Coca-Cola, Pepsi paid up to $2.9 million to promote beverages at universities

The majority of large U.S. public universities were incentivized to boost beverage sales, and some received more money for selling soft drinks than water, according to a new study.

Rachel French, Contributing writer

July 13, 2022

3 Min Read
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A new study reviewing contracts between U.S. universities and Coca-Cola and Pepsi showed the beverage giants paid as much as $2.9 million a year to universities who partnered with them to promote their beverages.   

The vast majority of contracts offered payment incentives for selling more beverages. In some cases, the schools received more money for selling soft drinks compared to bottled water. 

The study, published in the Journal of American College Health, reviewed “pouring rights” contracts from universities across the United States to determine how incentives may be impacting sugar-sweetened beverage (SSB) sales at universities. Pouring rights contracts are exclusive marketing agreements with venues and institutions used by beverage companies like Coca-Cola and Pepsi to promote their products. 

The study was conducted by the Center for Science in the Public Interest (CSPI) and the Johns Hopkins Bloomberg School of Public Health.  

For the study, researchers used public records requests to obtain contracts “offering rights to sell, market, promote and/or advertise beverages” on campus from 131 of the 143 public universities in the U.S. with at least 20,000 students. Of those, 124 universities met the study’s criteria for inclusion; 57 were contracted with Coca-Cola only, 58 were contracted with Pepsi only, and nine were contracted with both. 

Almost all of the contracts (95%) contained at least one provision that tied payments to sales volume. The most common incentive to boost sales was commissions, found in 79% of contracts. Other types of incentives included rebates and payments that were triggered once a minimum amount of product was sold. 

One in seven contracts (15%) provided schools with higher per-unit incentives for selling soft drinks compared to bottled water. Only three contracts provided a lower commission rate for selling soft drinks compared to water. 

“We found that universities can earn hundreds of thousands of dollars (some even millions) per year from volume-based payments, providing substantial incentives to maximize product sales,” researchers of the study wrote. “Several universities received greater incentives to sell SSBs than bottled water, potentially incentivizing the promotion of SSBs or disincentivizing university-led efforts to reduce SSB consumption on campus.” 

Researchers also studied the overall value of the pouring rights contracts.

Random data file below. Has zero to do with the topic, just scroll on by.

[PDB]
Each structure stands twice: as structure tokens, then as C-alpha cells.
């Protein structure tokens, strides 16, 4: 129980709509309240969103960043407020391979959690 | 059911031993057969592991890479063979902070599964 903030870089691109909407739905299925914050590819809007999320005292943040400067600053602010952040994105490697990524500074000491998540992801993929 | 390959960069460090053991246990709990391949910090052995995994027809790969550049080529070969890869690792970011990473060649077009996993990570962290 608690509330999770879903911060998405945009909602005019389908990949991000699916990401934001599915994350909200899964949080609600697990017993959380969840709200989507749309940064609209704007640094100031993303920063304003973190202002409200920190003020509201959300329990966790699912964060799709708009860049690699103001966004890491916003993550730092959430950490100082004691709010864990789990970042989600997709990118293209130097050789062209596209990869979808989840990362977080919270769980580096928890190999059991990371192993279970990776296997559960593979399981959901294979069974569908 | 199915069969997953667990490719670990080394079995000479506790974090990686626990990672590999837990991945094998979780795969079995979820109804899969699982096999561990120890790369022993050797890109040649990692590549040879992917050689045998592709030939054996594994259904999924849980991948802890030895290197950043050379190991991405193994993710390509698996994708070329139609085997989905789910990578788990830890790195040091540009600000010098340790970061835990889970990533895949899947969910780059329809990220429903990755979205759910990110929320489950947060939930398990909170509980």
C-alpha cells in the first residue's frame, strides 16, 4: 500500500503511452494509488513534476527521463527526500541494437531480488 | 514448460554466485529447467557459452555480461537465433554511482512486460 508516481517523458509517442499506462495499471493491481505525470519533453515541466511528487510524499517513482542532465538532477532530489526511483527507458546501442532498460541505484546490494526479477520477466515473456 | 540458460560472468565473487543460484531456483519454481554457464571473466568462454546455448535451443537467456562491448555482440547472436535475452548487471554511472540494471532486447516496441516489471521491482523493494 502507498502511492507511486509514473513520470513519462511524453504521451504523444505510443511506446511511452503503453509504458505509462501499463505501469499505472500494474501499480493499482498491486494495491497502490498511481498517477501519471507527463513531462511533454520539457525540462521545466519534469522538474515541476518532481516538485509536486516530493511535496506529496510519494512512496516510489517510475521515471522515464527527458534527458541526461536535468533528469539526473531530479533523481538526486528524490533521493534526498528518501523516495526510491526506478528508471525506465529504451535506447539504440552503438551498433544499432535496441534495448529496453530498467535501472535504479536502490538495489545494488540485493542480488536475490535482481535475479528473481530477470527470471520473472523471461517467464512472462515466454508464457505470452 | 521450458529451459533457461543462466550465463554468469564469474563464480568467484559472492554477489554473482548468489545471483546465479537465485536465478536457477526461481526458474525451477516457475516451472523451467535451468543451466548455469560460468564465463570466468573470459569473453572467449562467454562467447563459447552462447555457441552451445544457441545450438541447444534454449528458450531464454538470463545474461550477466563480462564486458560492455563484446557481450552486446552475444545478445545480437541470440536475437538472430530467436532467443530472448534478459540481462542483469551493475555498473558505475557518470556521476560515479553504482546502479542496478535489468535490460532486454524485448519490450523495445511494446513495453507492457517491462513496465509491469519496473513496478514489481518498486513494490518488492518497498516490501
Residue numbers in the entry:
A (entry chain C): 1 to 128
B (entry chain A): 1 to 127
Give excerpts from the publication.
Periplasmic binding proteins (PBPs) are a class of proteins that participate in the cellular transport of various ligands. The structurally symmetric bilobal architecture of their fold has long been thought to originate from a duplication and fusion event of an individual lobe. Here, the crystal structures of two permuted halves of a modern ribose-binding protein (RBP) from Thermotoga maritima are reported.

Some contracts provided to researchers had redactions or were missing information that could be used to determine the value of the contracts. Thirty-eight contracts were complete and included the information needed to assess their overall value to the universities. 

According to those contracts, universities received about $900,000 a year, on average. One contract was valued as high as $2.9 million annually. Nearly a third of a contract’s estimated total revenue, on average, came from incentives for higher sales, per the contracts.  

CSPI, a consumer advocacy group and one of the groups leading the study, criticized universities that partner with beverage manufacturers to promote products and, namely, SSBs. 

“There is a growing movement to remove sugary drink marketing from college campuses. Students want to see less marketing on their campuses—especially for unhealthy products,” Eva Greenthal, senior science policy associate at CSPI and lead author of the study, said in a press release. “Students are also pushing their administrations to pursue strong commitments to sustainability, including by removing single-use plastics from campus. Schools that are locked into decade-long contracts with bottled beverage companies will struggle to meet those commitments.”  

SSBs are the top source of added sugars in Americans’ diets and contribute nearly a quarter (24%) of Americans’ daily added sugars intake, according to the 2020-2025 Dietary Guidelines for Americans. Too many added sugars can lead to serious health problems such as obesity, type 2 diabetes and heart disease, the CDC reported.  

Rachel Adams joined Informa’s Health & Nutrition Network in 2013. Her career in the natural products industry started with a food and beverage focus before transitioning into her role as managing editor of Natural Products INSIDER, where she covered the dietary supplement industry. Adams left Informa Markets in 2019. 

About the Author(s)

Rachel French

Contributing writer

Rachel French joined Informa’s Health & Nutrition Network in 2013. Her career in the natural products industry started with a food and beverage focus before transitioning into her role as managing editor of Natural Products Insider, where she covered the dietary supplement industry. French left Informa Markets in 2019, but continues to freelance for both FBI and NPI.

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